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10 Tips For Letting Go Of The Things You Can’t Control

Tips Letting Go Of Things Cant Control

“Inner peace can be reached only when we practice forgiveness. Forgiveness is letting go of the past, and is, therefore, the means for correcting our misperceptions.” ― Gerald G. Jampolsky

Letting Go Is Hard

It’s a true challenge, one of the hardest you will face in life, letting go of the things that you are emotionally connected to and can’t control.

When you are feeling stuck on something or someone, many people will give the advice to just, “let it go”, saying it’s not worth your time or energy, which might be great advice but the question remains, how do you get there?! If only it was as simple as the raising of a wand!

There are lots of situations where you need to accept the reality of something regrettable and be able to “let go” when things just don’t line up for you. These situations can feel quite frequent and will present you with an array of mental challenges. How you choose to overcome these life situations can often be a defining moment for you.   

This article has the answers you are looking for when it comes to letting go and moving on, freeing yourself from the self-destructive path you can find yourself on when you have a hard time letting go.

Related: 20 Signs It’s Time To Let Go Of The Past And Move On

Situations that call for letting go

First, let’s look at the situations and signs where you might want to think about moving on and letting go.

When it comes to letting go of something there are two ways that this might manifest, that is through the internal and through the external. 

The internal aspect is more around something that we wanted to do or are working towards in our own life, a personal endeavor. This will naturally be impacted by things that are outside our locus of control however when it comes down to it, we do have some control over our decisions and how we choose to pivot based on the circumstances around us or how we manage the situation. 

Some examples of these situations are:

  • Developing a new skill or learning a new trade, such as studying a foreign language, learning how to play an instrument, developing athletic skills, moving into a new professional field, or acquiring a new skillset.
  • Feeling of failure and disappointment which if not addressed can quickly turn into discouragement. Job search, being turned down for a job or a promotion you really wanted.
    • Students might feel this in their college application process, a non-acceptance letter from your dream college.  
    • Getting stuck on something that you really want but, find it slipping through your fingers.
  • Parenting challenges, how to navigate unchartered territory and make the personal sacrifices needed for the overall benefit of the family.

The external situation is more around those things where you have little to no control, at least not enough to change the situation on your own. You are then left to make decisions based on the facts around you.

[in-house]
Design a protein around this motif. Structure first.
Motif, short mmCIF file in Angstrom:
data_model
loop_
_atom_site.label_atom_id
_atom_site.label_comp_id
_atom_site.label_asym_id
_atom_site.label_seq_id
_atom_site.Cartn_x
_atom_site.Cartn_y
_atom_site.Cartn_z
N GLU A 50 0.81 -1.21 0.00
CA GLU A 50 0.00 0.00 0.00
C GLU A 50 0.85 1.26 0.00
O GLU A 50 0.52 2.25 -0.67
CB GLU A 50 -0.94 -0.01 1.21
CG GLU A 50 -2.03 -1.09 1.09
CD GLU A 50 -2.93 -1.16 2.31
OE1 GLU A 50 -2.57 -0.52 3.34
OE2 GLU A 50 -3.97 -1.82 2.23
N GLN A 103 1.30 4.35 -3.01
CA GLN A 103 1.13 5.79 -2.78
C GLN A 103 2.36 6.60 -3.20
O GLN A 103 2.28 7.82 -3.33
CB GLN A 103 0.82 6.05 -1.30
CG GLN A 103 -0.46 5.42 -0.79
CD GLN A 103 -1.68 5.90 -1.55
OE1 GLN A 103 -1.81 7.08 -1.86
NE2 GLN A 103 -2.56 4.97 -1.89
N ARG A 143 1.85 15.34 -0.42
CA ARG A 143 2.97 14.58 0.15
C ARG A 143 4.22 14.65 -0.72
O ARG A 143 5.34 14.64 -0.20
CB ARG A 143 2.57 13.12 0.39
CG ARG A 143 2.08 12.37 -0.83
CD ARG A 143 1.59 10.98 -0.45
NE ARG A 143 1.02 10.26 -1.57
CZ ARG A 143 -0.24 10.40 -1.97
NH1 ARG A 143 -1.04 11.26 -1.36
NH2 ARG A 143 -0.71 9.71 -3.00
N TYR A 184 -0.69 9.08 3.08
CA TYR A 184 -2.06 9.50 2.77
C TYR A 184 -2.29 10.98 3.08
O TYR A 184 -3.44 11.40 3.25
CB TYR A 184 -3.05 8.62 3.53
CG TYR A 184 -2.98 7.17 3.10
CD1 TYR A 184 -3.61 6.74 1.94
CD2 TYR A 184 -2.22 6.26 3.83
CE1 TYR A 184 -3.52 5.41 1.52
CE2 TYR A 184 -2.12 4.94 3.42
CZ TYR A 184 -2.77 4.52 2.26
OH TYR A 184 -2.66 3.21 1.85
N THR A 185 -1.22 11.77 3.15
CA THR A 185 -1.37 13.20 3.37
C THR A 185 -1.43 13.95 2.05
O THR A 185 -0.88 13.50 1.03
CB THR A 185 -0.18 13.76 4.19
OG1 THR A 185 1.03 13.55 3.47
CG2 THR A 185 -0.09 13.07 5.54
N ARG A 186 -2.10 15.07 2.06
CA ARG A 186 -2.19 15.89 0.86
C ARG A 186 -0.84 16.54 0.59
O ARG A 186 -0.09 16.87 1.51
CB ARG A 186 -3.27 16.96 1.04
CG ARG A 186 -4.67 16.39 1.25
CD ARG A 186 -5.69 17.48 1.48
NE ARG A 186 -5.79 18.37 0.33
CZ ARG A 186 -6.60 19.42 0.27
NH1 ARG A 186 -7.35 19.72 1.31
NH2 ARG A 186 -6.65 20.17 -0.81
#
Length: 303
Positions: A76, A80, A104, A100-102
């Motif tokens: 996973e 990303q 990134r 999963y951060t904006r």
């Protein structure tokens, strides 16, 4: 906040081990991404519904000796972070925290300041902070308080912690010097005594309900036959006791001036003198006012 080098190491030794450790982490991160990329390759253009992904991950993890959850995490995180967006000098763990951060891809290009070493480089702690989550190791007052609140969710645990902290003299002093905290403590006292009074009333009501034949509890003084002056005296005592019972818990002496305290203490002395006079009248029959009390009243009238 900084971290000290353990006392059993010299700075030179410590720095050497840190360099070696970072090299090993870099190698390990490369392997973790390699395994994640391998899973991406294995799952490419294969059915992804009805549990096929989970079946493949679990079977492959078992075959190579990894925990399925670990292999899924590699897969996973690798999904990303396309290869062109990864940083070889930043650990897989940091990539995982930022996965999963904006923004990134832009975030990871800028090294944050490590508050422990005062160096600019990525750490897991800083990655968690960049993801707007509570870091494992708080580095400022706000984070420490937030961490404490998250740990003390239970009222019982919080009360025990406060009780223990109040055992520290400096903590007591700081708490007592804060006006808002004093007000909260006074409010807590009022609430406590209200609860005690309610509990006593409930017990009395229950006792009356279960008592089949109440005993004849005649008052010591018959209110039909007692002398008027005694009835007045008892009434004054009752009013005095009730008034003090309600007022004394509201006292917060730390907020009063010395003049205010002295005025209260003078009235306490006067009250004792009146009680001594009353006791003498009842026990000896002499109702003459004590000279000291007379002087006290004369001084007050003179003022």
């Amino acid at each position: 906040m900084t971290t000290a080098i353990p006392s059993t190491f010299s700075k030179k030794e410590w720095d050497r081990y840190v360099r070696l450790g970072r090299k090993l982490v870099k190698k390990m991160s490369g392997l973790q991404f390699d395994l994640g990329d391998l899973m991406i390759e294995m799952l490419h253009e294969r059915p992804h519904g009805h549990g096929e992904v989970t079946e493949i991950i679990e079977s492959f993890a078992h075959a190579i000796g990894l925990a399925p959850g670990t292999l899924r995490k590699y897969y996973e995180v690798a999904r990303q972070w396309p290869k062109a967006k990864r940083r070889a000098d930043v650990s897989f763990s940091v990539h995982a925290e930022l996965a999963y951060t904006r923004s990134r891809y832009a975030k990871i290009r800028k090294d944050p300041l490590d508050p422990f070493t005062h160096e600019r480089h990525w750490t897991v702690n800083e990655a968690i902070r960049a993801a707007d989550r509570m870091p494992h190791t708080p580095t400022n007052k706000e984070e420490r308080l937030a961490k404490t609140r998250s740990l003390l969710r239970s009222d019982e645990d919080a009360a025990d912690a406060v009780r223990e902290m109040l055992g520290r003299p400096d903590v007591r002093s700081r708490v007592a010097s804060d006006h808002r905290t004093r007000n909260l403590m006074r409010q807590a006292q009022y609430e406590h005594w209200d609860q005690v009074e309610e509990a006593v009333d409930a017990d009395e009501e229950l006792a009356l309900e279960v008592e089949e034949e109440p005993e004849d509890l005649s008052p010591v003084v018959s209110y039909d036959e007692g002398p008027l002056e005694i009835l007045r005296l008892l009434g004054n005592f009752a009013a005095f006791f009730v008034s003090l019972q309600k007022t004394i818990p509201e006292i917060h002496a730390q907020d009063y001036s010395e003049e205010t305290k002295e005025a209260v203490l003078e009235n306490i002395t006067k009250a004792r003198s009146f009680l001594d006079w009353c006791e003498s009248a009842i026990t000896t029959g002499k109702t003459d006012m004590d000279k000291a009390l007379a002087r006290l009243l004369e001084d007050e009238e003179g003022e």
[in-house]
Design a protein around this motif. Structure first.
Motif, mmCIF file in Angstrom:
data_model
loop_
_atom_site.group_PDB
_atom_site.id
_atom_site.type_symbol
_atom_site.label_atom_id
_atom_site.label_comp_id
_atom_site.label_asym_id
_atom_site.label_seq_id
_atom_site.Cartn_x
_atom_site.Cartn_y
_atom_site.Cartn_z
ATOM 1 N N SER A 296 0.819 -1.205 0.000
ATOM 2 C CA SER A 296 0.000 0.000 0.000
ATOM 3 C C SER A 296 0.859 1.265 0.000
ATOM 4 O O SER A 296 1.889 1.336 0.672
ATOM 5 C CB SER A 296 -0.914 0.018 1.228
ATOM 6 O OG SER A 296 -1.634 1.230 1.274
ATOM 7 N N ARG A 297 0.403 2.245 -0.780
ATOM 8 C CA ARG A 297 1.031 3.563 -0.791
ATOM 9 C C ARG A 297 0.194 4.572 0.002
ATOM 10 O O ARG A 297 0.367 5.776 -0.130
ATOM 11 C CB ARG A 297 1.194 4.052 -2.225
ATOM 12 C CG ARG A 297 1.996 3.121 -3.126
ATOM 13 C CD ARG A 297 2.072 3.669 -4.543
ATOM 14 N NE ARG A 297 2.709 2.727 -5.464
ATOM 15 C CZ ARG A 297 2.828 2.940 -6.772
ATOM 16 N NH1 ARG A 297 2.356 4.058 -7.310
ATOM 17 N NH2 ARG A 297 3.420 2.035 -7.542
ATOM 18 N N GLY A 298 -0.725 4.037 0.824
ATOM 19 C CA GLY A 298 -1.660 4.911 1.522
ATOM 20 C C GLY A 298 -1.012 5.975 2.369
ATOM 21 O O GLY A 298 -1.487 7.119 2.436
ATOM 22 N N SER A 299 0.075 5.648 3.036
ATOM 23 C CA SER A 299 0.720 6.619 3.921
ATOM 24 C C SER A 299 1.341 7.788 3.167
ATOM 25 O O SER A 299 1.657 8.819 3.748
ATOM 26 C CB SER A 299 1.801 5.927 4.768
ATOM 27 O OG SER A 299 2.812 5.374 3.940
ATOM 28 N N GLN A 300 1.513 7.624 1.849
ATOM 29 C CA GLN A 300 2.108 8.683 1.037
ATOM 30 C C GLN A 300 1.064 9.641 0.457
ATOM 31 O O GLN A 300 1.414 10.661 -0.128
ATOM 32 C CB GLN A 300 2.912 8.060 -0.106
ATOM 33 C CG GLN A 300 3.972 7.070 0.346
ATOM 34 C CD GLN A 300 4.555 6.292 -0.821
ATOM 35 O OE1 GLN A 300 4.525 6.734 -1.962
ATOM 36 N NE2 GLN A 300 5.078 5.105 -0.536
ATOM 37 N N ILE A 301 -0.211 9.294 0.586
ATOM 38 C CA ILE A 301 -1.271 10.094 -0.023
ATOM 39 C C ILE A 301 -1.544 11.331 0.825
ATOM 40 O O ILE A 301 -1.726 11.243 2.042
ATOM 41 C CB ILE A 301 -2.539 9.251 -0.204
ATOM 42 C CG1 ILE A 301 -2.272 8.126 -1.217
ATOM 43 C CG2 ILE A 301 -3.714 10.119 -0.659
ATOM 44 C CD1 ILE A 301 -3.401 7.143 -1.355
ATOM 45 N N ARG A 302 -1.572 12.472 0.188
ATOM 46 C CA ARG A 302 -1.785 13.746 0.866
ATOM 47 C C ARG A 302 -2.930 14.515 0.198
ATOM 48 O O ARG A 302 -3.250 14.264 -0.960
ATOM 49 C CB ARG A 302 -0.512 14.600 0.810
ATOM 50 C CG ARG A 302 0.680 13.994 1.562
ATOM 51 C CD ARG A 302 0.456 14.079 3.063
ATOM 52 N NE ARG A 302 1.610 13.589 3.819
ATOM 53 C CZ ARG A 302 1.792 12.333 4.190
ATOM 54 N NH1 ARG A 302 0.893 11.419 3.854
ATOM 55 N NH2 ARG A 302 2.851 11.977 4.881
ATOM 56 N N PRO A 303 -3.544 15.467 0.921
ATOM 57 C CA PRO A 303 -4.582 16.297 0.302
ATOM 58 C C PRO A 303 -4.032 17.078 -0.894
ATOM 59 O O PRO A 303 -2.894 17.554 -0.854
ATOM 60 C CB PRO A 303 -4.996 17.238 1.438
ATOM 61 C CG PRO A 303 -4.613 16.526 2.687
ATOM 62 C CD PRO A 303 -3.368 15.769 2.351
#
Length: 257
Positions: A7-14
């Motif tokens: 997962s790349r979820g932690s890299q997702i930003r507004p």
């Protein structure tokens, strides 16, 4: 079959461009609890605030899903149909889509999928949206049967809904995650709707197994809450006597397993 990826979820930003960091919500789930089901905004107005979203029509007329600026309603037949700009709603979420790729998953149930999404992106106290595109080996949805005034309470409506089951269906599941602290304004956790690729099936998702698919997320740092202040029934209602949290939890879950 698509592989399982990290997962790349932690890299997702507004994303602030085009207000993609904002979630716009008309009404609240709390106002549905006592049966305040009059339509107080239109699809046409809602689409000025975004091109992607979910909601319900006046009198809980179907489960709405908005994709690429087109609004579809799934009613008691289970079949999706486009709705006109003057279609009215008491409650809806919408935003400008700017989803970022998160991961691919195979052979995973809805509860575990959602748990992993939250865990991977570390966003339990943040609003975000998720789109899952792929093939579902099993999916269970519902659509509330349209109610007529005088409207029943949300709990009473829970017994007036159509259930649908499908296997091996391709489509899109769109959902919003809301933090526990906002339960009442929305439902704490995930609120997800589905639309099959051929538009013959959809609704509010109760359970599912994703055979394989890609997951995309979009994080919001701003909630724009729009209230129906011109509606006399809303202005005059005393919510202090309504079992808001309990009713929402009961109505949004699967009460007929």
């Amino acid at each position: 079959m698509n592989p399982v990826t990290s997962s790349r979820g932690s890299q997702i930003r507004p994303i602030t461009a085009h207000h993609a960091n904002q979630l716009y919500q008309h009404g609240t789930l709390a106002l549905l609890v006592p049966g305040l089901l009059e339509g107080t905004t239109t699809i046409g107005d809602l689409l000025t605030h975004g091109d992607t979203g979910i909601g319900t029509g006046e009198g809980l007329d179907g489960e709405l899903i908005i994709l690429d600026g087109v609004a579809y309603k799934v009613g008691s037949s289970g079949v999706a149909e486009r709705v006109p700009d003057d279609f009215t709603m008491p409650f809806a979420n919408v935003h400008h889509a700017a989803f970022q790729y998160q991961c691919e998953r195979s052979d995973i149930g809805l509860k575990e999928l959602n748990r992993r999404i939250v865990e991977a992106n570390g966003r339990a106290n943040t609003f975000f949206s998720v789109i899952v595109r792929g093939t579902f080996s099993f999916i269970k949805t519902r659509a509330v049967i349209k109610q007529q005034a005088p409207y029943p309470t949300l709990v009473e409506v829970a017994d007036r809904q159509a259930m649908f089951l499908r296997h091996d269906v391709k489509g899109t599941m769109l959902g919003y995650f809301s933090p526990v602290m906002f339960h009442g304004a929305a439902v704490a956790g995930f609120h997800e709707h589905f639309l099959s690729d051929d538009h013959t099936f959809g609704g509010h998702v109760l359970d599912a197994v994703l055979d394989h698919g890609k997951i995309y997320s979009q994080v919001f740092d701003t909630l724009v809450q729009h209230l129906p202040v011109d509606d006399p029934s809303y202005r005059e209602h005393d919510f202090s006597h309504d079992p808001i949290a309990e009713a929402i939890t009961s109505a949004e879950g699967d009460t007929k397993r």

Some examples are:

  • Relationships
    • when another person initiates a breakup.
    • when there is an imbalance in your relationship, this can be a platonic or romantic relationship, you can work to make changes in the relationship, but you are only half of the equation.
    • when someone shows you their true colors and proves to be someone that is not who you think they are, maybe in the case of betrayal, or when someone wrongs you.
    • when someone makes a decision that you are not happy with
    • feeling disrespected.
    • when someone asks for more than what is fair, this could be at work or in your private life.
    • When a job or work situation changes unexpectedly.
  • Traffic and weather conditions which are prohibitive, on the slightly lighter side, but still very disruptive at the wrong time, do you forge ahead or find an alternative route?
  • When dealing with loss
    • health, diagnosis of illness, terminal, or something that will diminish your quality of life.
    • death, the loss of someone close to you, or a family pet, especially when unexpected.
    • job changes and security, sometimes this is due to restructuring or budget cuts, resignation against your will.
    • loss of a relationship, the falling out with a friend, or in the case of a divorce in the family.
    • empty nest.
    • financial losses, change in the economy, investments.
    • infertility.
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Meredith Flanagan, LICSW

Meredith Flanagan is a Mental Health Professional (LICSW) with more than 20 years of experience as a social worker, educator, therapist, and community organizer. She has worked in a variety of fields such as domestic violence and crisis intervention, developmental disabilities, healthcare, and public education. Among her proudest achievements is being an RPCV (Returned Peace Corps Volunteer), serving in Ecuador and Honduras. She has been in clinical practice for over 10 years and works primarily with clients who battle depression, anxiety, ADHD, PTSD, and Adjustment Disorder. Meredith has been working in the field of public education for the past 7 years and currently holds a position as a Special Education Administrator. Her passion is turning life’s challenges and roadblocks into opportunities and strengths that drive us forward creating new and exciting possibilities.View Author posts